Nepali Lessons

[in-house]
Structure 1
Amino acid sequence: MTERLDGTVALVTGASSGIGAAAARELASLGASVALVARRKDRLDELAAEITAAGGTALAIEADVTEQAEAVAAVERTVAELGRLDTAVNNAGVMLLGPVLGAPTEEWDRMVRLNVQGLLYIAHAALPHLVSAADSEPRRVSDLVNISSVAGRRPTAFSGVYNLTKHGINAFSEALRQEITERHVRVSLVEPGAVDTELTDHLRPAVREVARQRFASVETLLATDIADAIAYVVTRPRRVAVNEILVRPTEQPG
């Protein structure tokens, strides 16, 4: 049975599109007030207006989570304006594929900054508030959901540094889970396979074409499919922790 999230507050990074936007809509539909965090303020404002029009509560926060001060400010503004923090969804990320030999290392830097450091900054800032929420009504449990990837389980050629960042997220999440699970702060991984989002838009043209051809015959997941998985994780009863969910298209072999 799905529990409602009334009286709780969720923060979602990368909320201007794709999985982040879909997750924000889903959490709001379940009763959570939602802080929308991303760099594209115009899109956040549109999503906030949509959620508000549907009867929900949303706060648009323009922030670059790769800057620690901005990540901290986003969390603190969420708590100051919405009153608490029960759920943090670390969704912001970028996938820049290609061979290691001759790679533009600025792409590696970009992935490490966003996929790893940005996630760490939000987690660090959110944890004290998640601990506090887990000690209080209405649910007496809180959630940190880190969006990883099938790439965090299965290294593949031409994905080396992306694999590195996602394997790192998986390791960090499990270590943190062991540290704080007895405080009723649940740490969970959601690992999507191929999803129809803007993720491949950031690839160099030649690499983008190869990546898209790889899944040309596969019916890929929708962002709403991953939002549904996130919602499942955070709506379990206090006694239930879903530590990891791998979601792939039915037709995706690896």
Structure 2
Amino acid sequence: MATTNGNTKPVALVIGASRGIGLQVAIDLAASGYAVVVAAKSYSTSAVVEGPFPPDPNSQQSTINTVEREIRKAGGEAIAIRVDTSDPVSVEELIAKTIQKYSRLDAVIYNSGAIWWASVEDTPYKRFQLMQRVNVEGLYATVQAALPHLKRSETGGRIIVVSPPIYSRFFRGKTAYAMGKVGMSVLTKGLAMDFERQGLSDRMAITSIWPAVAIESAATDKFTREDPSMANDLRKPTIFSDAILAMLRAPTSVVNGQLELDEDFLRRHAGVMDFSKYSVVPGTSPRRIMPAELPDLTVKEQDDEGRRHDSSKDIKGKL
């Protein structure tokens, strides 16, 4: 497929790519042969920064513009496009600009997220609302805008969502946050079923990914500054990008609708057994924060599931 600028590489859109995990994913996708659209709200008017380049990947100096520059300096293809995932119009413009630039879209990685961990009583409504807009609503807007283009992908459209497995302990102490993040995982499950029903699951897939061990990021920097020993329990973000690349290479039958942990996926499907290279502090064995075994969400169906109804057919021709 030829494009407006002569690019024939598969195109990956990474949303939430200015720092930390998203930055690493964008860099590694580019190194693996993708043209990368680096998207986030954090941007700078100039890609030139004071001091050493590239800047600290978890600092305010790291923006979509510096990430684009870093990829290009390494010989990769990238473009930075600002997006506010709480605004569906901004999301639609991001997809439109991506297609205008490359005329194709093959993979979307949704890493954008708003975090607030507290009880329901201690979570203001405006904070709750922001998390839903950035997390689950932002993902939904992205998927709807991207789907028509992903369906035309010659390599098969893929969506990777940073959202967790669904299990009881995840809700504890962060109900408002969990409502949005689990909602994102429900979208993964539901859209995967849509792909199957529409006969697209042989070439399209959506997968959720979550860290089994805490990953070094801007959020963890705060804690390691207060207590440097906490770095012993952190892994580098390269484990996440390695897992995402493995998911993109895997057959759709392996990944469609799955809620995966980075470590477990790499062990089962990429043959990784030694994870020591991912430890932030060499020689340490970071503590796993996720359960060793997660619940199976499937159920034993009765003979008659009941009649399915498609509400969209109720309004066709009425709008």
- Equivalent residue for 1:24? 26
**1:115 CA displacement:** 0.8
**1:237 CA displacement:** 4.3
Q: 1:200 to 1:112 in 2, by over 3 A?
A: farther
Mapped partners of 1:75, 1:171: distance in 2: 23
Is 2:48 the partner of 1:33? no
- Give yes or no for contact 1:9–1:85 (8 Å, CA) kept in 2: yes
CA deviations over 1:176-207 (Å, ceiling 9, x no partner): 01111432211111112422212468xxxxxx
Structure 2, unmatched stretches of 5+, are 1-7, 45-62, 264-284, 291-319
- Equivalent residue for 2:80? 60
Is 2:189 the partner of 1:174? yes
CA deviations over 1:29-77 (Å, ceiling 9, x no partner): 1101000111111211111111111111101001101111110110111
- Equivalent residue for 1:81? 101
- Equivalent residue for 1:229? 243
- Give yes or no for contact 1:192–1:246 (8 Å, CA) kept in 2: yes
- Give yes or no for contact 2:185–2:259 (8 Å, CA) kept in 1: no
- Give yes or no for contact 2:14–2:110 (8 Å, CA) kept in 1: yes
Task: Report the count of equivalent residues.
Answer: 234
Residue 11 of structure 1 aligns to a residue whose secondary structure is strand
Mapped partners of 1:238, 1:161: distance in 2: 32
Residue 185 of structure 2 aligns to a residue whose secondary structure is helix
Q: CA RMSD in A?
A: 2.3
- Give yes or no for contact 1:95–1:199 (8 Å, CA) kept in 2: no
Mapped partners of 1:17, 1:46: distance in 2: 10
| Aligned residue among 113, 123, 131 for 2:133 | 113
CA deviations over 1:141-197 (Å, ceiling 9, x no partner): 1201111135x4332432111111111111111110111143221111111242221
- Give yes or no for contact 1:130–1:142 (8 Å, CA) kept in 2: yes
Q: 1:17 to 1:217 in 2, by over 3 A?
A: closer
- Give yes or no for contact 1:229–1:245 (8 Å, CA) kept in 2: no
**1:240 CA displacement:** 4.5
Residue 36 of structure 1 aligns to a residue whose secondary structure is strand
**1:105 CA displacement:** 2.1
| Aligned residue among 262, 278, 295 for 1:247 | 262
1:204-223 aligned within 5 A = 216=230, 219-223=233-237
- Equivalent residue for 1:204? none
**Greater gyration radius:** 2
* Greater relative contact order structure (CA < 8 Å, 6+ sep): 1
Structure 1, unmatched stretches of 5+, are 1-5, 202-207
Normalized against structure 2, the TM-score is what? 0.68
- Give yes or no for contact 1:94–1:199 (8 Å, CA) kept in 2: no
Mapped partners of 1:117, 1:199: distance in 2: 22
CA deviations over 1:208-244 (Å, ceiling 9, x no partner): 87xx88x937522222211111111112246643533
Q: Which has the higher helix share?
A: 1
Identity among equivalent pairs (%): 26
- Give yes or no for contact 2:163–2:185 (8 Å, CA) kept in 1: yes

A powerful tool for resolving legal conundrums is comparative law. The commission system for judicial appointments has been adopted by many nations in both the Global North and the Global South, including the United Kingdom and South Africa. This system involves all three branches of government as well as civil society, legal academia, and the bar. Nepal, on the other hand, with its younger constitution and historical, cultural, geographical, and political proximity to India, provides the most relevant modality for us. The President of Nepal appoints the Chief Justice on the recommendation of the Constitutional Council. The President of Nepal appoints Supreme Court justices on the recommendation of the Judicial Council. The Judicial Council is a five-member independent body led by the Chief Justice, the Law and Justice Minister, the Supreme Court's most senior judge, and two distinguished jurists representing the Prime Minister and the Nepal Bar Association. Before the President can appoint the Chief Justice and Supreme Court justices, they must be confirmed by the Parliamentary Hearing Committee. The Parliamentary Hearing Committee is made up of 15 members drawn from both Houses of Parliament. As in the case of Nepal, the Constituent Assembly of India contemplated a multiplicity of authorities for the appointment of judges of the constitutional courts, with each of these authorities mutually checking and balancing their functioning. The current collegium system has removed the checks and balances mechanism, which is a fundamental feature of the Constitution. A hybrid mechanism, such as Nepal's, with a collective and transparent procedure for appointing judges, is desirable for India as well.